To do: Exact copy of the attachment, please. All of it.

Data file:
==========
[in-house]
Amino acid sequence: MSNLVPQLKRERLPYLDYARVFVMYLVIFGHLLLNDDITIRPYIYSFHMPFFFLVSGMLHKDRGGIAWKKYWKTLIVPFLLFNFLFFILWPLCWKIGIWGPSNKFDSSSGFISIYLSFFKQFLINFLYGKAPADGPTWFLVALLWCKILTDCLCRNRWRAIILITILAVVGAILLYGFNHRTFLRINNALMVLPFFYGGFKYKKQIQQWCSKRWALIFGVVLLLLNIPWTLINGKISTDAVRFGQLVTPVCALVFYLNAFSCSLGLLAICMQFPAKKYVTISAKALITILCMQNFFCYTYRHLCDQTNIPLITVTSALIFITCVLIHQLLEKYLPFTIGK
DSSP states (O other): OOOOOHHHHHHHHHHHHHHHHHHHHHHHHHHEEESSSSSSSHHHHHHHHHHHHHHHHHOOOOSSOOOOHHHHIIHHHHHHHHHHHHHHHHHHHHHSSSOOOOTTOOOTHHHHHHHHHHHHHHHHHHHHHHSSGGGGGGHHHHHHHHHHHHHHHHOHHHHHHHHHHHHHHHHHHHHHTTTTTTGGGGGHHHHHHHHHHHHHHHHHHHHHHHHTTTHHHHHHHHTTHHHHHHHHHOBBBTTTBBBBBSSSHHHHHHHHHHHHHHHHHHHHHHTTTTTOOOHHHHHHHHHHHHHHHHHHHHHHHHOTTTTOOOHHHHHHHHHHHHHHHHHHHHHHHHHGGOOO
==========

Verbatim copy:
[in-house]
Amino acid sequence: MSNLVPQLKRERLPYLDYARVFVMYLVIFGHLLLNDDITIRPYIYSFHMPFFFLVSGMLHKDRGGIAWKKYWKTLIVPFLLFNFLFFILWPLCWKIGIWGPSNKFDSSSGFISIYLSFFKQFLINFLYGKAPADGPTWFLVALLWCKILTDCLCRNRWRAIILITILAVVGAILLYGFNHRTFLRINNALMVLPFFYGGFKYKKQIQQWCSKRWALIFGVVLLLLNIPWTLINGKISTDAVRFGQLVTPVCALVFYLNAFSCSLGLLAICMQFPAKKYVTISAKALITILCMQNFFCYTYRHLCDQTNIPLITVTSALIFITCVLIHQLLEKYLPFTIGK
DSSP states (O other): OOOOOHHHHHHHHHHHHHHHHHHHHHHHHHHEEESSSSSSSHHHHHHHHHHHHHHHHHOOOOSSOOOOHHHHIIHHHHHHHHHHHHHHHHHHHHHSSSOOOOTTOOOTHHHHHHHHHHHHHHHHHHHHHHSSGGGGGGHHHHHHHHHHHHHHHHOHHHHHHHHHHHHHHHHHHHHHTTTTTTGGGGGHHHHHHHHHHHHHHHHHHHHHHHHTTTHHHHHHHHTTHHHHHHHHHOBBBTTTBBBBBSSSHHHHHHHHHHHHHHHHHHHHHHTTTTTOOOHHHHHHHHHHHHHHHHHHHHHHHHOTTTTOOOHHHHHHHHHHHHHHHHHHHHHHHHHGGOOO